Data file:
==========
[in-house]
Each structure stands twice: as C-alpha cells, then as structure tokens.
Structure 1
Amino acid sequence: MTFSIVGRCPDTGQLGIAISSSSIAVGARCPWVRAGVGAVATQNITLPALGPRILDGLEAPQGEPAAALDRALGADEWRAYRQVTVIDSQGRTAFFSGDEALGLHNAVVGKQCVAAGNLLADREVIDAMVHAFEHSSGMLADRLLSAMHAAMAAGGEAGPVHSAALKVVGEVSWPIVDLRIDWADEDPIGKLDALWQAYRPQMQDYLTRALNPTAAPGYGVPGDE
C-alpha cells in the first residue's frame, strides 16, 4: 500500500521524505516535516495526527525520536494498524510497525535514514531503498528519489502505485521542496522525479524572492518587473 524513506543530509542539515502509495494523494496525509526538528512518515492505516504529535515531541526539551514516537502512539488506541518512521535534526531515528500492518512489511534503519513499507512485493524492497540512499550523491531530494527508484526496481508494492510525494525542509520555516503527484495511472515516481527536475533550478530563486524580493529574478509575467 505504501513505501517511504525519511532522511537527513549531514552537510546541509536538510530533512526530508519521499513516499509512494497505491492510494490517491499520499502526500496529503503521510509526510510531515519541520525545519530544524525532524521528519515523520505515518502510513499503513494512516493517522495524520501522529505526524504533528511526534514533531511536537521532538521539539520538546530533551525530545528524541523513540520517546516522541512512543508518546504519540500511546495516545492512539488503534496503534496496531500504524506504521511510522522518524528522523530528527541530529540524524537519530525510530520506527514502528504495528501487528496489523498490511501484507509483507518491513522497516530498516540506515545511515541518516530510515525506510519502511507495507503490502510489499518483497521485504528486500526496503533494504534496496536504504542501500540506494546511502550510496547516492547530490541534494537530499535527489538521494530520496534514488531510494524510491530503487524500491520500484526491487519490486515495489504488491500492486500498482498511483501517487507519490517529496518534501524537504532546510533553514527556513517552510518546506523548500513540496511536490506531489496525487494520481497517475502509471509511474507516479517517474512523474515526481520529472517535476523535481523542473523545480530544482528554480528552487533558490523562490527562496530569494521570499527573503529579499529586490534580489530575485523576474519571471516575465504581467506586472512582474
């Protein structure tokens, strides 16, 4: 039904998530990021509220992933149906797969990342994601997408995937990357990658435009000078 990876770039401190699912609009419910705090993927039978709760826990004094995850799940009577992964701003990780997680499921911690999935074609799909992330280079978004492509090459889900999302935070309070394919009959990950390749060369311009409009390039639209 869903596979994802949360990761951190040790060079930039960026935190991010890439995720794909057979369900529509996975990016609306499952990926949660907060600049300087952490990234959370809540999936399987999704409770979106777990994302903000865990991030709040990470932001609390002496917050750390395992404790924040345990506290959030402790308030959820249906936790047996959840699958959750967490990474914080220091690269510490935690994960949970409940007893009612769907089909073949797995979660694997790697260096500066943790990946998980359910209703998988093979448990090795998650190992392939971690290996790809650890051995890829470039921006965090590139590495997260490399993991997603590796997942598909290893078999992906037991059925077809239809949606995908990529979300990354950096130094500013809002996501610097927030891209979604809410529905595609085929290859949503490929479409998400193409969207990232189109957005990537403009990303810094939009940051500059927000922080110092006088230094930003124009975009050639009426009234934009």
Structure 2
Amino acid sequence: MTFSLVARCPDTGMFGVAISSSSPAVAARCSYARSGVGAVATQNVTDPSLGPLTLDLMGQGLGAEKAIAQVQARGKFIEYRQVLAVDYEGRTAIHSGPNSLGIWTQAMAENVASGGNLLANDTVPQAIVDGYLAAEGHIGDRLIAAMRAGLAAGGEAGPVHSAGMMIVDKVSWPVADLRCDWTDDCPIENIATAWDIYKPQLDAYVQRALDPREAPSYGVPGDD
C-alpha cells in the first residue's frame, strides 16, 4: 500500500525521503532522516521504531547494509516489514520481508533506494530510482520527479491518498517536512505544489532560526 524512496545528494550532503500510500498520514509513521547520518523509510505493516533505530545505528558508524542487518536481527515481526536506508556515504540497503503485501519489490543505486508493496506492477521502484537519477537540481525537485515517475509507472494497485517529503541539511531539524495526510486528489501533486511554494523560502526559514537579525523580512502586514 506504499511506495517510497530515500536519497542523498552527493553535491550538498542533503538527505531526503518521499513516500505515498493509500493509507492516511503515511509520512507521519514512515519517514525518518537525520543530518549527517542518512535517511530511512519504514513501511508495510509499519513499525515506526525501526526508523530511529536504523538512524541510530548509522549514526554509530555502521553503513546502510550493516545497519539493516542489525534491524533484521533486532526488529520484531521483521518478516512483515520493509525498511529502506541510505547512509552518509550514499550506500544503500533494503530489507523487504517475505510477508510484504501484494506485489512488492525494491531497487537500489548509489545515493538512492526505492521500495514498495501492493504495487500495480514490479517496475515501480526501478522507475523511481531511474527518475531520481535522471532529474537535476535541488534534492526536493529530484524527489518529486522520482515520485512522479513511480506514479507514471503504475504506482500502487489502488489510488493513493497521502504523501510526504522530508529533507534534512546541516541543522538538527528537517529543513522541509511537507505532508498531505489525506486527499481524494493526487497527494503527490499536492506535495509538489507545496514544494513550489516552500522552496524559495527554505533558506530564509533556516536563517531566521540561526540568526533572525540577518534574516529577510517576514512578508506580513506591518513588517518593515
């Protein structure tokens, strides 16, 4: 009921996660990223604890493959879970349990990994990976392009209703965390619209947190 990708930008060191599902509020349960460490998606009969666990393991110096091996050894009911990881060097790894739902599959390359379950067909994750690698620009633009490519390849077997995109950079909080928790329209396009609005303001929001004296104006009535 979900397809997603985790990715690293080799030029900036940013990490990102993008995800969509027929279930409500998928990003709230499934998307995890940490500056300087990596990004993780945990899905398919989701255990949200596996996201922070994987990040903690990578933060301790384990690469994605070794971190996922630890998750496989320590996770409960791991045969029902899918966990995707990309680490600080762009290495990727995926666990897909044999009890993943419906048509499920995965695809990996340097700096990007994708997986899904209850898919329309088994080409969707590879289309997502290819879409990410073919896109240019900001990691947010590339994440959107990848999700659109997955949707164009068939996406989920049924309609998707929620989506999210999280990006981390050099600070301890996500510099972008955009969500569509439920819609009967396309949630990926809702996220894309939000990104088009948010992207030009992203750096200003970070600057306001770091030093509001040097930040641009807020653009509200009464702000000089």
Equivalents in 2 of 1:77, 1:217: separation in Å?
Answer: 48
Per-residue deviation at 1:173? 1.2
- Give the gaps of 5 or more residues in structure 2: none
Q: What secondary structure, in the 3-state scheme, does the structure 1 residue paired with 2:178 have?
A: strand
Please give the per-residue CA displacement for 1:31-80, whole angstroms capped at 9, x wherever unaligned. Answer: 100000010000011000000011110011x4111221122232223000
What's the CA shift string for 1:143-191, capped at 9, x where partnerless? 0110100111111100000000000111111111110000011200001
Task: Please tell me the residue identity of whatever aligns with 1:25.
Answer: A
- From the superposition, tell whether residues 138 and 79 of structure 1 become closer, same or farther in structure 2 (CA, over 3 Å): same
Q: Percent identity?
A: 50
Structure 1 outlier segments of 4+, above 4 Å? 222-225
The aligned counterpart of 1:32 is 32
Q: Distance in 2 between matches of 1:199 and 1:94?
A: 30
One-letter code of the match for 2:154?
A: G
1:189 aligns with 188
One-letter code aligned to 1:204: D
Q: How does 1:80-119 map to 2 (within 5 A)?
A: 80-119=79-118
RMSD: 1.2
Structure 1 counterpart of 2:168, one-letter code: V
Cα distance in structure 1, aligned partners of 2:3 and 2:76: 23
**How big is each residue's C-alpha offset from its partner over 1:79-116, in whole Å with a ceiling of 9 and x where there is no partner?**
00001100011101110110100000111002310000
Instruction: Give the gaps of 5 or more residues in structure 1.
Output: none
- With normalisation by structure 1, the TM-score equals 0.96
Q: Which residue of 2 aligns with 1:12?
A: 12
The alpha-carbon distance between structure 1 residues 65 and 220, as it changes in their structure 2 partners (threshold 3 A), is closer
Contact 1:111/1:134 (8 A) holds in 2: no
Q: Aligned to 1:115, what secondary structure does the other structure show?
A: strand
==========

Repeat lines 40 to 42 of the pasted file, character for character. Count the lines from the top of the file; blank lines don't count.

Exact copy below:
Output: none
- With normalisation by structure 1, the TM-score equals 0.96
Q: Which residue of 2 aligns with 1:12?